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World trip packing list & travel manifesto

Aktualisiert: 11. Dez. 2019

After we’ve traveled through nine African countries, India and Nepal, we are going to be on the road again soon. The third part of our mission leads us towards the Far East. On the first of September we’ll start our journey in Moscow. From there we’ll travel to Siberia and take the Trans-Mongolian Railway to Mongolia and China, then we’ll move on to Japan, Taiwan, Vietnam, Myanmar, Indonesia, New Guinea, Australia, New Zealand, South America, Mexico and Cuba.

What do you take with you on a world trip? What rules apply to this mission? Here is my packing list for the big trip:

Not a lot, but take the right things with you

Packing list (fits in a small backpack, weight: 6 kilos):

* travel guitar, 3 shirts, 1 long skirt (can be converted into a short skirt), 1 sweater, 1 jacket, 3 pairs of socks, 3 panties, 1 bikini, 1 pair of sandals, heat pads, 1 small shoulder bag, 1 large scarf (most important piece of clothing because it’s multifunctional. When it’s cold, you can put it around your neck or around your shoulders. As a protection the sun or when visiting a mosque, you can wrap it around your head. You can wrap it as a skirt around your waist or put it around a pullover and turn it into a pillow)

* Mobile phone, charger, passport, a few passport photos, vaccination certificate, 100 Euro / Dollar in cash, small memory stick, GoPro, small tripod for mobile phone, small powerstation, small Apple headphone

* Children toothbrush, small toothpaste, sunscreen, mini travel cream & soap, contact lenses, small contact lens water, disinfectant wipes, tampons !!! (hard to get in many African countries and India), tweezer and nail file

* Medication: malaria quick test, malaria tablets, aspirin, tablets for diarrhea

* Clothesline, washing powder, safety pin / staple

Pack everything into small bags. Packing bags for clothes are fantastic. Then you will find everything very easily.

Find your own, individual way of traveling

Travel Manifesto

* Don’t worry too much about the country informations from the Ministry of Foreign Affairs and don’t listen to the paranoia of other people. The world is full of irrational fear. You don’t have to make unreasonable decisions, but too much caution may prevent you from discovering interesting corners and / or meeting great people. For example, when we traveled to Mali, the north of the country was unstable and dangerous for tourists. So we stayed in the south.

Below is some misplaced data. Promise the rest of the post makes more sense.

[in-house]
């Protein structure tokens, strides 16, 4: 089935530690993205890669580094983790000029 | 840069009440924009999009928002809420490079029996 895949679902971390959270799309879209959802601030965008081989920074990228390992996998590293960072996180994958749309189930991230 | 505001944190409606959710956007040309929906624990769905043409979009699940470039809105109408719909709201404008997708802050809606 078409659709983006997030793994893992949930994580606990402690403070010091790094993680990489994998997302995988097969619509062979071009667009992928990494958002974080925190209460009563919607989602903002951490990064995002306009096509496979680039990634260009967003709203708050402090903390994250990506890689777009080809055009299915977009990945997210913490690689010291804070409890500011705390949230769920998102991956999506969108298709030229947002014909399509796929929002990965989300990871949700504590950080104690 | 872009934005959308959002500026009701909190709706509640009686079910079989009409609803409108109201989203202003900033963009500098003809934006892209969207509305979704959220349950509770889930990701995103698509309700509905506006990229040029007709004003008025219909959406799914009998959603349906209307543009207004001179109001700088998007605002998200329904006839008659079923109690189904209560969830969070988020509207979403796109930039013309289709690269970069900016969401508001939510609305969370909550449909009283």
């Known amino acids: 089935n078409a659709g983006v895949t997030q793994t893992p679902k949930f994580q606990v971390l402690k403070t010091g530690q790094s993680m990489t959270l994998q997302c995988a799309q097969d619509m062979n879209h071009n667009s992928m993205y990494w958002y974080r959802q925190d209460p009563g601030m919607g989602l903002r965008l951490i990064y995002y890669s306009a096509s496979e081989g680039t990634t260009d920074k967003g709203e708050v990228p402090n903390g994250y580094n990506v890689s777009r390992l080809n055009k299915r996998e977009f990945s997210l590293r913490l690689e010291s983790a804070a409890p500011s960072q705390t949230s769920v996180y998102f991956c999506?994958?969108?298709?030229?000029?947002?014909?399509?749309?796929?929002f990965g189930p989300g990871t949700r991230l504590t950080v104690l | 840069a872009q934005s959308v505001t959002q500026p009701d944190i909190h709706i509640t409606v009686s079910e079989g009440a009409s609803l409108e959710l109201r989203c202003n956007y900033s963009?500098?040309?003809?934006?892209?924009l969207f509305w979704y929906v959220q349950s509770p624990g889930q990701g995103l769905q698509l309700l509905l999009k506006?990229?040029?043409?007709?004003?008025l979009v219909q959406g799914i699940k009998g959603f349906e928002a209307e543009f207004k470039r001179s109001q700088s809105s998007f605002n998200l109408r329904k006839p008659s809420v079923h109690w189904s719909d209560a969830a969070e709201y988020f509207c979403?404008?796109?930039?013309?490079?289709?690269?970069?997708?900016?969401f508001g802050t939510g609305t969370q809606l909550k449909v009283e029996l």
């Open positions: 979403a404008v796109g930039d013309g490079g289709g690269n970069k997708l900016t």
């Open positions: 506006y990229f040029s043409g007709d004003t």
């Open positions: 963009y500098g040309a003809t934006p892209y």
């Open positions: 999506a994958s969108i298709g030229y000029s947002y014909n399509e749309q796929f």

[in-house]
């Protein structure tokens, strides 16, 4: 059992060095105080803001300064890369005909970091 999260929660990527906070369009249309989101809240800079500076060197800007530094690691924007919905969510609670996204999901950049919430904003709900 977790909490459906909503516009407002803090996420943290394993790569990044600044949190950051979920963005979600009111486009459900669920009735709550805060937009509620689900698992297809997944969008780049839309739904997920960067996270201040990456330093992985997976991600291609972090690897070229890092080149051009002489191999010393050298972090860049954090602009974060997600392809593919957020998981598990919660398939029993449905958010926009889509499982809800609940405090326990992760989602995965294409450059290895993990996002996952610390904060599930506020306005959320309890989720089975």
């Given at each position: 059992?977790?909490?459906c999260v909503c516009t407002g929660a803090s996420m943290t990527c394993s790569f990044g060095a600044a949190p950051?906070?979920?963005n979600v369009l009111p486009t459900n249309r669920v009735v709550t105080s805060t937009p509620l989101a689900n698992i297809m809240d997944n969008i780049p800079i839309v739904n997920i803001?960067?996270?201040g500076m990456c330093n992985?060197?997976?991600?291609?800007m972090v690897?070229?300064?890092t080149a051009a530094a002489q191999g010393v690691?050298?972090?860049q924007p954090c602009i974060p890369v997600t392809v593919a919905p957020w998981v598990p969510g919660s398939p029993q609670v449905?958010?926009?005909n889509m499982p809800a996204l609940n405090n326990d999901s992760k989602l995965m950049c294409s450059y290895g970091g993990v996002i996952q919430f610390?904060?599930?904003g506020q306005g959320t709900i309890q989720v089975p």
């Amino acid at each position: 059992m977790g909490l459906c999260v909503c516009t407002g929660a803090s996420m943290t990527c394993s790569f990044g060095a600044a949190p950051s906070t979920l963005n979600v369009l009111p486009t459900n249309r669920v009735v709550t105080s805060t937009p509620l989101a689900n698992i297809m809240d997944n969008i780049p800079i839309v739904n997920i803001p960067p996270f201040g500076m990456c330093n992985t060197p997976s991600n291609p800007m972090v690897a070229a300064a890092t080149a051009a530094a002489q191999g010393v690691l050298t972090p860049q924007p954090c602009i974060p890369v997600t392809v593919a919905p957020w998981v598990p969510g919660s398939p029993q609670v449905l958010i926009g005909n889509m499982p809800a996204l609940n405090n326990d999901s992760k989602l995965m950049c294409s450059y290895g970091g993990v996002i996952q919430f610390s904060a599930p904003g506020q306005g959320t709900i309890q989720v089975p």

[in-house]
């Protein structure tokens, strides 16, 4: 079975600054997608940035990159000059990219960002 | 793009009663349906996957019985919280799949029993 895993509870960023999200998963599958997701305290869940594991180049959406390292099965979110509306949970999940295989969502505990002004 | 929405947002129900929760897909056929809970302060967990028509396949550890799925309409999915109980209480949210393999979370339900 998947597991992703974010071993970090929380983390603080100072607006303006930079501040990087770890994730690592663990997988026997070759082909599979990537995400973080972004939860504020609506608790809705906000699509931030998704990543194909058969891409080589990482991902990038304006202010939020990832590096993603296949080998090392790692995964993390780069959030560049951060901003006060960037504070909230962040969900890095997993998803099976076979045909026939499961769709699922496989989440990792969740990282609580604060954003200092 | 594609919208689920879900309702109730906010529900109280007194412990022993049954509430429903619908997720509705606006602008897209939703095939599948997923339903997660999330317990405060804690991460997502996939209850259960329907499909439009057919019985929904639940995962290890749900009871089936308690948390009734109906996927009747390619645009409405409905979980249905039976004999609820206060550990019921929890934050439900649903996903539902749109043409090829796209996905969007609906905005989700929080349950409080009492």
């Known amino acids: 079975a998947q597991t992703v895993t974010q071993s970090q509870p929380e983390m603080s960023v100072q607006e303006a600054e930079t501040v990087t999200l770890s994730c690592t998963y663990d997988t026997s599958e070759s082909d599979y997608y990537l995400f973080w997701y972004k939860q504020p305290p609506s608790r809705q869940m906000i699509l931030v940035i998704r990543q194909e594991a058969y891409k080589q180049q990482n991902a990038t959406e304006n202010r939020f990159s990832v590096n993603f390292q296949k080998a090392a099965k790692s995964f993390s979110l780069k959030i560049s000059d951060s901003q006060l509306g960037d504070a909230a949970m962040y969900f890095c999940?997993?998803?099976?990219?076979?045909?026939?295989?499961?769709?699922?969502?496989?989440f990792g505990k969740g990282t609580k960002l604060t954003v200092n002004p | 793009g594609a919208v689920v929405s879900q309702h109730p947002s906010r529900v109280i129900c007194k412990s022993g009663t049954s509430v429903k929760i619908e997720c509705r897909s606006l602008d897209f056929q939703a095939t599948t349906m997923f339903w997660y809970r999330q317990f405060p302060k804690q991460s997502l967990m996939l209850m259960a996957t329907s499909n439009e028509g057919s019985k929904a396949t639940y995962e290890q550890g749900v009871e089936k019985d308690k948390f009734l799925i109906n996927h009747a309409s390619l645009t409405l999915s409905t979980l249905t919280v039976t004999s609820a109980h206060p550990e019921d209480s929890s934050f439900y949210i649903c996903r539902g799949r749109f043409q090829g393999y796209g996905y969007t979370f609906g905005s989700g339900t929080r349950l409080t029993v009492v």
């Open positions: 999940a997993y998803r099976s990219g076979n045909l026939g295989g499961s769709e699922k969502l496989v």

* Take as little luggage as possible. Only hand luggage! If you need something, you can always buy it locally and possibly give it away again. So you don’t have to stress out packing and there is no waiting at the luggage claim. You’re more flexible, you can jump on a tuktuk in no time with all your stuff fitting between your legs. In addition, you can also decide spontaneously, where you want to stay for the night, if you carry everything with you all the time. Minimalism can also become a philosophy of life. We need less than we think.

* Don’t plan too much before your departure. Don’t read too much about the place you travel to. Rather ask the local people. It saves time and the locals know best where to go anyway.

* Buy a local SIM card plus data at the airport on arrival or just after you crossed the border. (It’s very cheap in most countries and it makes planning during your stay much easier)

* Stay local. Eat local. Live with the locals. Address people and ask questions. Don’t be shy! Ask for their favorite restaurants, favorite foods or favorite places.

* Learn at least a few words or phrases in the local language when you enter a new country

* Stay away from the big cities, unless it's a city you really want to see. Otherwise, prefer to travel inland, in the provinces. That way, you’ll experience much more authenticity and tradition and you’ll get to know the "real" life of the people living there.

* Do not believe the hype - avoid tourist attractions. Unless you really want to see something, then try to travel in the off season.

* Fly as little as possible. Use local transport, train, tram, bus, minibus, taxi, tuktuk, hitch hiking. Depending on the country, it may also make sense to rent or buy a car.

* Use online recommendations and traveler blogs for travel tips or for Airbnb and co. But don’t read too many comments (e.g. Google, Tripadvisor etc.). Often these are confusingly paradoxical. Trust in your intuition and decide quickly.

* Rule of 3. I have set the rule of 3 for myself. I can only consider three offers - for example, three Airbnb apartments. This makes it easier to decide and minimizes the danger of getting bogged down in details.

* Help others where you can. Take hitchhikers with you when you have a car. Share your food, give away water bottles when someone asks you for water in the street. Don’t give money to begging children, even if it’s hard at times. Most of the time, they are being exploited by criminal gangs. It is better to give donations to a local aid organization.

* Go with the flow. Follow your instinct. This way you’ll come across many suprises. Just by detours you will find unexpected treasures. The best anecdotes arise in unplanned places. Think about the stories you want to tell, once you’re old. The story of you walking through life smoothly? That would be boring, right? So lose control from time to time and let yourself drift.

Go with the flow and you'll experiance the most incredible adventures

( Martin Fliegenschmidt is co - author of the travel manifesto, read also his column:

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